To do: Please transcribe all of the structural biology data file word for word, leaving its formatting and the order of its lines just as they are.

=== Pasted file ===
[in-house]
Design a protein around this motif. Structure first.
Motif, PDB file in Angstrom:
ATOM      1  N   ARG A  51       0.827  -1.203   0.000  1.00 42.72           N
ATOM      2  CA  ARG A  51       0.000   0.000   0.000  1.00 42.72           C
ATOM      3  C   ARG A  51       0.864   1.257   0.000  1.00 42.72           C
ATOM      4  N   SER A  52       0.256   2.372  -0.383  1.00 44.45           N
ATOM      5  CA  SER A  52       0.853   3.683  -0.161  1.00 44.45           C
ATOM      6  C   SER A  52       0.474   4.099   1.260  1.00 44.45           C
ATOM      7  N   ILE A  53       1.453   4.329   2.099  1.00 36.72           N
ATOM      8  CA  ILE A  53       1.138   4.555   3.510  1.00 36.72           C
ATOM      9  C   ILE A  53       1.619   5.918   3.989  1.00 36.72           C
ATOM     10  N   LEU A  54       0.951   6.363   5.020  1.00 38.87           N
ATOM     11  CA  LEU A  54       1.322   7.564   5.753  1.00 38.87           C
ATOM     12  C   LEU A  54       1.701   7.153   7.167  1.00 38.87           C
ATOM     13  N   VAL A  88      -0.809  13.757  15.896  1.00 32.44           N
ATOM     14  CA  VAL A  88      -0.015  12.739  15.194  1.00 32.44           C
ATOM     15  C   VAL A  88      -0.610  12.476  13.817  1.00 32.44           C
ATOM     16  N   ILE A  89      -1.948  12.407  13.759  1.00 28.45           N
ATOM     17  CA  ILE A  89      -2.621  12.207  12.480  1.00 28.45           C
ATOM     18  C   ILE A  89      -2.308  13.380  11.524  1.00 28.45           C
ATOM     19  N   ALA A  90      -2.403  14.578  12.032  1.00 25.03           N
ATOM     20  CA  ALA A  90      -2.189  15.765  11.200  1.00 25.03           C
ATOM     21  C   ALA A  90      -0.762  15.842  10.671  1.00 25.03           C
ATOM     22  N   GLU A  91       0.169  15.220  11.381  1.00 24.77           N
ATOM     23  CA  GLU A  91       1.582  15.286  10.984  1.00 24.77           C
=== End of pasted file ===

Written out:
[in-house]
Design a protein around this motif. Structure first.
Motif, PDB file in Angstrom:
ATOM      1  N   ARG A  51       0.827  -1.203   0.000  1.00 42.72           N
ATOM      2  CA  ARG A  51       0.000   0.000   0.000  1.00 42.72           C
ATOM      3  C   ARG A  51       0.864   1.257   0.000  1.00 42.72           C
ATOM      4  N   SER A  52       0.256   2.372  -0.383  1.00 44.45           N
ATOM      5  CA  SER A  52       0.853   3.683  -0.161  1.00 44.45           C
ATOM      6  C   SER A  52       0.474   4.099   1.260  1.00 44.45           C
ATOM      7  N   ILE A  53       1.453   4.329   2.099  1.00 36.72           N
ATOM      8  CA  ILE A  53       1.138   4.555   3.510  1.00 36.72           C
ATOM      9  C   ILE A  53       1.619   5.918   3.989  1.00 36.72           C
ATOM     10  N   LEU A  54       0.951   6.363   5.020  1.00 38.87           N
ATOM     11  CA  LEU A  54       1.322   7.564   5.753  1.00 38.87           C
ATOM     12  C   LEU A  54       1.701   7.153   7.167  1.00 38.87           C
ATOM     13  N   VAL A  88      -0.809  13.757  15.896  1.00 32.44           N
ATOM     14  CA  VAL A  88      -0.015  12.739  15.194  1.00 32.44           C
ATOM     15  C   VAL A  88      -0.610  12.476  13.817  1.00 32.44           C
ATOM     16  N   ILE A  89      -1.948  12.407  13.759  1.00 28.45           N
ATOM     17  CA  ILE A  89      -2.621  12.207  12.480  1.00 28.45           C
ATOM     18  C   ILE A  89      -2.308  13.380  11.524  1.00 28.45           C
ATOM     19  N   ALA A  90      -2.403  14.578  12.032  1.00 25.03           N
ATOM     20  CA  ALA A  90      -2.189  15.765  11.200  1.00 25.03           C
ATOM     21  C   ALA A  90      -0.762  15.842  10.671  1.00 25.03           C
ATOM     22  N   GLU A  91       0.169  15.220  11.381  1.00 24.77           N
ATOM     23  CA  GLU A  91       1.582  15.286  10.984  1.00 24.77           C